SQL Like Query Language
To interact with NSDb, a custom SQL like query language must be used. It has been designed to suit NSDb metrics structure and in the meantime to feel familiar with standard SQL. Since the nature of NSDb is different than a classic SQL database, its dialect is conceived to handle time-series data accordingly.
Similarly to SQL databases, NSDb allows 3 main DML statements:
SELECTStatements - used to fetch data
INSERTStatements - used to insert data
DELETEStatements - used to delete data
Unlike standard SQL, NSDb does not support
UPDATE statement. The main reason of this is its time series nature itself; it’s extremely unlikely that a time series record has to be updated at a later time.
NOTE: NSDb SQL parser is case-insensitive, so SQL keywords can be both lower-case and upper-case. In this documentation all code example are uppercase for clarity purpose.
The Select Statement
SELECT statement queries bits from a specific metric.
SELECT statements are used to perform data exploration and to subscribe historical or real-time queries.
SELECT <dimension_name> [,<dimension_name>, <tag_name>, ... ] FROM <metric_name> [ WHERE <expression> ] [ GROUP BY <tag_name> | <time_range> ] [ ORDER BY <dimension_name> | <tag_name> [DESC] ] [ LIMIT v ]
SELECT statements requires a
SELECT clause and a
WHERE condition can be specified to retrieve bits that meet the
WHERE clause condition. See WHERE clause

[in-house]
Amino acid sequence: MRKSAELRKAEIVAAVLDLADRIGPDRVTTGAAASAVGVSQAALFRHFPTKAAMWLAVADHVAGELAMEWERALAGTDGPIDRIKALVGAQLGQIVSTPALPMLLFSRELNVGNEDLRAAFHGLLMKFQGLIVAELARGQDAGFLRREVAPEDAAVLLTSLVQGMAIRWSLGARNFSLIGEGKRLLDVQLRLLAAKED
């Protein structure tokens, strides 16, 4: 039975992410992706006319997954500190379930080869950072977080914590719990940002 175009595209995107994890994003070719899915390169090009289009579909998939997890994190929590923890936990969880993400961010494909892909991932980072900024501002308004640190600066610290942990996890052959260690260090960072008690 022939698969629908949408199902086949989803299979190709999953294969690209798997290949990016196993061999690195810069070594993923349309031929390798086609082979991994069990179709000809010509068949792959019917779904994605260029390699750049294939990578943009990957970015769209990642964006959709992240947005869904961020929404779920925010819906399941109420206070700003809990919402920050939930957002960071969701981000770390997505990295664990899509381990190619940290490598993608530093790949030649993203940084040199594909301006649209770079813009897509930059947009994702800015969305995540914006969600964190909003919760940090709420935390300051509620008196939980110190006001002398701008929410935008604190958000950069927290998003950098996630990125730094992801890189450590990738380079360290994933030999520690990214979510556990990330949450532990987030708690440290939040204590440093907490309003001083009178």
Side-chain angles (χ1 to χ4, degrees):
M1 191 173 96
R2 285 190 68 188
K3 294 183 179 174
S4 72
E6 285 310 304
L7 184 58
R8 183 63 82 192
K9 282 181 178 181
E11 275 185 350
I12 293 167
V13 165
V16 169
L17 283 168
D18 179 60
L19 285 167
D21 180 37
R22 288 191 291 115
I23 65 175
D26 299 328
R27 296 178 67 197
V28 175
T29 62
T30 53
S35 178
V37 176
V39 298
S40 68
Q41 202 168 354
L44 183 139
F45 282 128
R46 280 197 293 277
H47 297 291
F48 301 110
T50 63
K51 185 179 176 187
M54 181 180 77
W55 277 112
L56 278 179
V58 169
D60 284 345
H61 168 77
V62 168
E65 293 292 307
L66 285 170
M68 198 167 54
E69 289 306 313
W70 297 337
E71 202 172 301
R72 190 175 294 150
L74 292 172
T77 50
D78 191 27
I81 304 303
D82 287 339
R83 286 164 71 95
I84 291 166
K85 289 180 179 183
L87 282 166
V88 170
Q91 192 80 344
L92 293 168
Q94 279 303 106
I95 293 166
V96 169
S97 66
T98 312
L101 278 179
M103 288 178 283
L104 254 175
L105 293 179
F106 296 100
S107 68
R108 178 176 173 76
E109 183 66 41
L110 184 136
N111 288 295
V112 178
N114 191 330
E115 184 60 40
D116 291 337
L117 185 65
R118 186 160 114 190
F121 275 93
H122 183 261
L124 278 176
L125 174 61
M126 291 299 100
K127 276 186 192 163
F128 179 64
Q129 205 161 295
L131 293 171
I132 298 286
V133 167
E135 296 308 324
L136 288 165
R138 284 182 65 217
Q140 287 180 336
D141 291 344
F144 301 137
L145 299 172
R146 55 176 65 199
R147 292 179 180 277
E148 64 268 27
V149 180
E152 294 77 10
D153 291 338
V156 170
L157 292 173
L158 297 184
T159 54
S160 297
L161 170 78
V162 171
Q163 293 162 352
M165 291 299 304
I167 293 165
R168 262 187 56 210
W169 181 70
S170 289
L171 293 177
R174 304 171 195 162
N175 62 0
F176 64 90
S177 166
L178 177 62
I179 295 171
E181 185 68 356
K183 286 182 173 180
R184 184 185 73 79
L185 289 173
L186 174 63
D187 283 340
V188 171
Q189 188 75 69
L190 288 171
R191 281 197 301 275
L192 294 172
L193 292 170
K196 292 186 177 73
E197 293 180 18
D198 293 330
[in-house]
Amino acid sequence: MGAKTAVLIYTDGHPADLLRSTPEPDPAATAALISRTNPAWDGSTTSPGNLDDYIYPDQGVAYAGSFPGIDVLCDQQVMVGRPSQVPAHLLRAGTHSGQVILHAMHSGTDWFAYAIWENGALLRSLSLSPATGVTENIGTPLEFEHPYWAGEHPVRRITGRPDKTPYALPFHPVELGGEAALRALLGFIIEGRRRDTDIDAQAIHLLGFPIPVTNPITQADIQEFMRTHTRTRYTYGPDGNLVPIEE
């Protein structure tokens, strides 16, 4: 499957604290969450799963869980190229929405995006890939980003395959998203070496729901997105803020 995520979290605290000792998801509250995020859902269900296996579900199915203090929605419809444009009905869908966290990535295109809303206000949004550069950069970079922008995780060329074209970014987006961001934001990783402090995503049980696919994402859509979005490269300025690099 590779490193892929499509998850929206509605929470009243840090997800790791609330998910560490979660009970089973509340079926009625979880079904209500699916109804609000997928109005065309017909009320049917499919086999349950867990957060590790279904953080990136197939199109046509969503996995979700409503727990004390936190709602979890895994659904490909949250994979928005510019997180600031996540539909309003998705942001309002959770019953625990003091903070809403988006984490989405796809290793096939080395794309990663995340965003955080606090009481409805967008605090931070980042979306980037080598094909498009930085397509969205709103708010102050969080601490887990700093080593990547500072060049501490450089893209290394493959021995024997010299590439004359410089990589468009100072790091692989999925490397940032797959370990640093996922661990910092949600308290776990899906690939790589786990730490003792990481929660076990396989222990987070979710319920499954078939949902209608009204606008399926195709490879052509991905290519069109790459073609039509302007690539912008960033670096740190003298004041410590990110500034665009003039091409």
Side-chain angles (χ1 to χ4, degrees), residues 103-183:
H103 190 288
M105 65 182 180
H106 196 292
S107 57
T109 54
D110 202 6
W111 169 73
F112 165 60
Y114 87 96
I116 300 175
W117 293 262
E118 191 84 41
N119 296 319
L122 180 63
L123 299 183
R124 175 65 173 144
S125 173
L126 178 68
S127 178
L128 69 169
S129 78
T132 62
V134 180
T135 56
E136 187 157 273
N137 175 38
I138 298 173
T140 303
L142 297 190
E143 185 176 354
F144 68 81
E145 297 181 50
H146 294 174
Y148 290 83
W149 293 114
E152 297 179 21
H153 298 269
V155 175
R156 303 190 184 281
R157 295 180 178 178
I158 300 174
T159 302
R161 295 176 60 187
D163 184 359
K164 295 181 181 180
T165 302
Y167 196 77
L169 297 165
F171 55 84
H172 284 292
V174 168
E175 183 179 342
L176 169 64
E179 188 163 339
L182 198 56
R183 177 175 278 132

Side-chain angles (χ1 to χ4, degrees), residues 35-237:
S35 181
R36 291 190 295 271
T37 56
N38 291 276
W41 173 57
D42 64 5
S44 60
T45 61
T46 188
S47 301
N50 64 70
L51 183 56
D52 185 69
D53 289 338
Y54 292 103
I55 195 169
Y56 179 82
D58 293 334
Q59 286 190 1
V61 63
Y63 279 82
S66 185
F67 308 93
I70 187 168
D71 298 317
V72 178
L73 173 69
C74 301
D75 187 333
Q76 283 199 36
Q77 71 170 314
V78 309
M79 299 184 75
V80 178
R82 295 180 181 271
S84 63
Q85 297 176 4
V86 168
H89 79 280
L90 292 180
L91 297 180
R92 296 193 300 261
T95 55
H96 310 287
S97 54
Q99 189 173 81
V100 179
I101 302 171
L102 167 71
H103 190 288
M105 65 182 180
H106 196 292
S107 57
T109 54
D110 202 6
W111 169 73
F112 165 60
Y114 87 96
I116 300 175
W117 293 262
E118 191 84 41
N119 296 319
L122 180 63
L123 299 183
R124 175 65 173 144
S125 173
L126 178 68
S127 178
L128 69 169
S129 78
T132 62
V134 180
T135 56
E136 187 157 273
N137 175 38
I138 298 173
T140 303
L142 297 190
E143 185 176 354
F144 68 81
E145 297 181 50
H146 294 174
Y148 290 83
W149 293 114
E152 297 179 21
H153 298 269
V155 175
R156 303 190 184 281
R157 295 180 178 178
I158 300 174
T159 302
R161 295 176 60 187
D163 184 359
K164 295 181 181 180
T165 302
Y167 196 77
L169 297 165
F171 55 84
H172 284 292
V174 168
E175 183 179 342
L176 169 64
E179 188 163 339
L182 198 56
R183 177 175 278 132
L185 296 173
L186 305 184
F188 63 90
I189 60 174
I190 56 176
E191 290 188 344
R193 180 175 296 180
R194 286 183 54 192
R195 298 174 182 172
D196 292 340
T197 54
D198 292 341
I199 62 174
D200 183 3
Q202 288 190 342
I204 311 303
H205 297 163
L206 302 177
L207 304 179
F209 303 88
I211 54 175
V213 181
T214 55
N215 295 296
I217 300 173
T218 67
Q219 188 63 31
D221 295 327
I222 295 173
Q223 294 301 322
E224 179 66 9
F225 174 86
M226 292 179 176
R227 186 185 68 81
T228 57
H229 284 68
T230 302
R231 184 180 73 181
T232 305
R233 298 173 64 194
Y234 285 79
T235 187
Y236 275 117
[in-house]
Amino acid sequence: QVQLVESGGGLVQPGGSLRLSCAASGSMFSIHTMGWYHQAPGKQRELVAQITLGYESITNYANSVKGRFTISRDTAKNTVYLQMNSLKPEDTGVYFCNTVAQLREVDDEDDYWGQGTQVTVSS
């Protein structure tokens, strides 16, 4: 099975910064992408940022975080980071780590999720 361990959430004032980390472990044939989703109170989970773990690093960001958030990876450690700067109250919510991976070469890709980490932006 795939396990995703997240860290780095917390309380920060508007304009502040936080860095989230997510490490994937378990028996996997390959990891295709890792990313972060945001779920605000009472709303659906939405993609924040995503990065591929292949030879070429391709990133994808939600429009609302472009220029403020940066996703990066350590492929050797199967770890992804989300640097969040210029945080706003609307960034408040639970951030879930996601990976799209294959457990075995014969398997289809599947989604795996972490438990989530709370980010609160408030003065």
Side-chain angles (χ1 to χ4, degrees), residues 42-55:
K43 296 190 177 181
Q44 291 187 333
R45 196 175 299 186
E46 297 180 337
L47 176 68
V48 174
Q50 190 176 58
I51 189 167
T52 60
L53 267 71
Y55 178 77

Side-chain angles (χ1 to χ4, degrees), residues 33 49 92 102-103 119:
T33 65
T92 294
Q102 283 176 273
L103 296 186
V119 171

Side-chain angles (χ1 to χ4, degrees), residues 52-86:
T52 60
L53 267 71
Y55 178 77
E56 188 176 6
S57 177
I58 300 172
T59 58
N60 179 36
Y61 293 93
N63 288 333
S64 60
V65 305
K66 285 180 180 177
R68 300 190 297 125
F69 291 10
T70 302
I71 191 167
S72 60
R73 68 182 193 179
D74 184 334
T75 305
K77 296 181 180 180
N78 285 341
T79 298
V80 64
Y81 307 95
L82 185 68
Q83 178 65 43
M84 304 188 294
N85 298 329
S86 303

Retrieved data may be ordered using one of the projected dimension.See ORDER BY clause
SELECT clause defines which bit’s dimensions are projected.
timestampare always included in projections.
SELECT statements supports different formats:
SELECT * Returns all dimension in the selected metric.
SELECT * FROM metric
SELECT <dimension_name> applies projection on the selected dimension.
SELECT value FROM metric
SELECT <dimension_name>, <dimension_name>+ applies projection on the selected dimensions.
SELECT value, dimension FROM metric
COUNT operators can be applied in a
SELECT clause , returning the number of bits in a metric if no
WHERE clauses are defined.
SELECT COUNT(*) FROM metric
SELECT clause users can apply a
DISTINCT operator on the projected dimension. This operator allows to return distinct values for the dimension on which is applied.
SELECT DISTINCT dimension FROM metric
NOTE: projecting only a single dimension is allowed when
DISTINCToperator is used.
WHERE clause allows to define a boolean condition, based on which data are filtered.
SELECT <dimension_name>[,<dimension_name>, [...]] FROM <metric_name> WHERE [NOT] <expression> [(AND|OR) <expression> [...]]
The WHERE clause supports comparisons against VARCHAR, INT, DECIMAL, BIGINT dimensions datatypes.
Supported numerical string operators:
<>not equal to
!=not equal to
>=greater than or equal to
<=less than or equal to
INbetween lower and upper bounds
SELECT dimension FROM metric WHERE numerical_dimension = 1 AND another_numerical_dimension = 2
Supported string operators:
SELECT dimension FROM metric WHERE string_dimension = myStringValue AND another_string_dimension LIKE startWith$
Where conditions can be chained using the logical AND and OR operators. A single condition can be negated using the NOT logical operator. By default, both AND and OR operators are right associative; in order to overcome this behaviour, round brackets can be used to set a custom associativity. The NOT operator si applied to the immediately following condition; round brackets can be also used in this case to apply that operator to a chain of conditions. Examples: